Afghanistan Is the Ideal Destination for Would-Be War Profiteers
Please say this isn't happening again:
After the legendary corruption of the Iraq occupation—private contractors fashioning spurs for their cowboy boots from stolen Iraqi gold, vanishing pallets of shrink-wrapped cash—you'd think the US government would be keeping an extra-close watch on the reconstruction effort in Afghanistan. But you'd be wrong. Who says so? The guy in charge of rooting out corruption. Even as the Obama administration steps up spending in Afghanistan, it's shortchanging the government auditors responsible for ensuring that taxpayer dollars don't wind up in the pockets of swindlers and opportunists.
Afghanistan already places fifth in Transparency International's annual ranking of the most corrupt nations in the world. The US plans to spend nearly $14 billion there over the next financial year on military operations and reconstruction projects, up from about $11 billion this year. Yet Arnold Fields, the official charged with keeping track of this money—as well as foreign investment in US-sponsored programs—says in an interview with Mother Jones that he lacks the tools for the job.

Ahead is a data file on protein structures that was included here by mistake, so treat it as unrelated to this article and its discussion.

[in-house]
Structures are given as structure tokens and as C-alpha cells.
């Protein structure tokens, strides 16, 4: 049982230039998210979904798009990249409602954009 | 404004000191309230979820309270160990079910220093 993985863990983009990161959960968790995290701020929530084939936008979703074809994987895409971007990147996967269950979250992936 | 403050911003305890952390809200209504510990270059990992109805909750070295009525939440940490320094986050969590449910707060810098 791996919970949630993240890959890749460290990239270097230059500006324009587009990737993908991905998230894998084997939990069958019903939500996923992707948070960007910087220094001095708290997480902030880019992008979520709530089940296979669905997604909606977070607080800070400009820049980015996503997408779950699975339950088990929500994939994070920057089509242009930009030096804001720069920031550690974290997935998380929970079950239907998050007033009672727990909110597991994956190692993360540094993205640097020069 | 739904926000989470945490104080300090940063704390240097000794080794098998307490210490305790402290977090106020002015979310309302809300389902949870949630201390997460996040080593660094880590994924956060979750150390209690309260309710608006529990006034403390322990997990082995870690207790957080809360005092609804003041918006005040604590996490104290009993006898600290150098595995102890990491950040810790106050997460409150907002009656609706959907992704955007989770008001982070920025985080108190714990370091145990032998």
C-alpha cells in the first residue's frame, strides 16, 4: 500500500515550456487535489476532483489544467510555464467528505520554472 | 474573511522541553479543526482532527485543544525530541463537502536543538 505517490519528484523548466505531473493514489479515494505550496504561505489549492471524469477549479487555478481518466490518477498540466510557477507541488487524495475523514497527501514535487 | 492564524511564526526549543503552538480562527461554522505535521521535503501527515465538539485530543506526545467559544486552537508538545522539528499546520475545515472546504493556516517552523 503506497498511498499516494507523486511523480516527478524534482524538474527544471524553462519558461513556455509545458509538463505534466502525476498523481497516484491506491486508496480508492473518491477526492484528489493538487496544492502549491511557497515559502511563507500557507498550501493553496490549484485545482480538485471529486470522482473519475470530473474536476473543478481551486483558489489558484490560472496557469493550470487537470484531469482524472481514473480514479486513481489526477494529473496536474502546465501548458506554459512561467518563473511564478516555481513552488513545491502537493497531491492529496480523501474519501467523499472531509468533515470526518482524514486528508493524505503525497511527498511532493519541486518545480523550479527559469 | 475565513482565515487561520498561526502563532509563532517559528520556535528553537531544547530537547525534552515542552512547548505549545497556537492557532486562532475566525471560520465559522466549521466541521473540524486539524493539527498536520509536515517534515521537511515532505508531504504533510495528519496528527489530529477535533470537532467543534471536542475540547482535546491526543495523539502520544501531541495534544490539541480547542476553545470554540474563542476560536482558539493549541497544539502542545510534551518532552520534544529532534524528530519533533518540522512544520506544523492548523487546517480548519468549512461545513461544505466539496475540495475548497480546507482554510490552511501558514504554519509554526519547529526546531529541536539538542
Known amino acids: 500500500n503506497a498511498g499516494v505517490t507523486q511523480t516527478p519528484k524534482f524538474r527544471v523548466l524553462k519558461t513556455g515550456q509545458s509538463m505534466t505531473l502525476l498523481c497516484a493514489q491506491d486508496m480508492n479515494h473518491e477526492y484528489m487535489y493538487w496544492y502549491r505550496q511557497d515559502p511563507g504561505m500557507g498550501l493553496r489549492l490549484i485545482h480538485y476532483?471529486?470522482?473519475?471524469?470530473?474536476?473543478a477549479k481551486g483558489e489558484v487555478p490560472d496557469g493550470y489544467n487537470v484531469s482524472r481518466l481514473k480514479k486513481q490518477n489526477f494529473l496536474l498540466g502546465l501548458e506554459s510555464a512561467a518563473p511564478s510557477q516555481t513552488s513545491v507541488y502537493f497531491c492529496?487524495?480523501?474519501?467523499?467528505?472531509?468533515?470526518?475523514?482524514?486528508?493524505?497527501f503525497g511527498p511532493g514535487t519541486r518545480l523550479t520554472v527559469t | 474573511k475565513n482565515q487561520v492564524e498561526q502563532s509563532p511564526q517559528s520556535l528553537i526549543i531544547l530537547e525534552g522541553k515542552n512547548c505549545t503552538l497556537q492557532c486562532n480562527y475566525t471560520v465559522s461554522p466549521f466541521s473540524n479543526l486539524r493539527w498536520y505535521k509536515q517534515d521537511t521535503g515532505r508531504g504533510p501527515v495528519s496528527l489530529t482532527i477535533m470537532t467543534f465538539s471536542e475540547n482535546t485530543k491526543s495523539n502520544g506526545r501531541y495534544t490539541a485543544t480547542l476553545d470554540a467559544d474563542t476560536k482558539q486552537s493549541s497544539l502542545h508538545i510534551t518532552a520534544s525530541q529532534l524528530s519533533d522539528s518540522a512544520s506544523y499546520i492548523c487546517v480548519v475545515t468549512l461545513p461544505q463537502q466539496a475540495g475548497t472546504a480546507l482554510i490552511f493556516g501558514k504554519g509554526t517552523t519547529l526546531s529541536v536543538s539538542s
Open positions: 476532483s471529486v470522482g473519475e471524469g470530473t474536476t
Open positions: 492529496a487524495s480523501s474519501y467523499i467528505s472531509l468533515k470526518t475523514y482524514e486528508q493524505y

Perhaps more so than Iraq, Afghanistan is an ideal destination for would-be war profiteers. As Fields told members of the House Armed Services Committee in March, "Iraq had much more upon which to build…We are really constructing as opposed to reconstructing in Afghanistan." At the time of the US invasion in 2003, Iraq boasted the world's third-largest oil reserves, a per-capita annual income of $4,000, an average life expectancy of 70 years, and 74 percent literacy. Afghanistan, by contrast, has no natural resources to speak of, per-capita annual income is just $800, life expectancy is a dismal 45 years, and only 28 percent of the population can read or write. It has precious few paved roads, no railways, and only four airports with runways suitable for large aircraft. Its mountainous, landlocked geography is a haven for insurgents. Moreover, whereas Iraq under Saddam Hussein possessed a corps of competent technocrats, Afghanistan's civil society has been decimated by more than 30 years of uninterrupted warfare. Much of the countryside is now under the sway of tribal warlords and devoted to harvesting opium, by far the country's most lucrative industry.
Corruption thrives in such conditions.
If this happens in yet another administration somebody might get the mistaken idea that it's a feature, not a bug.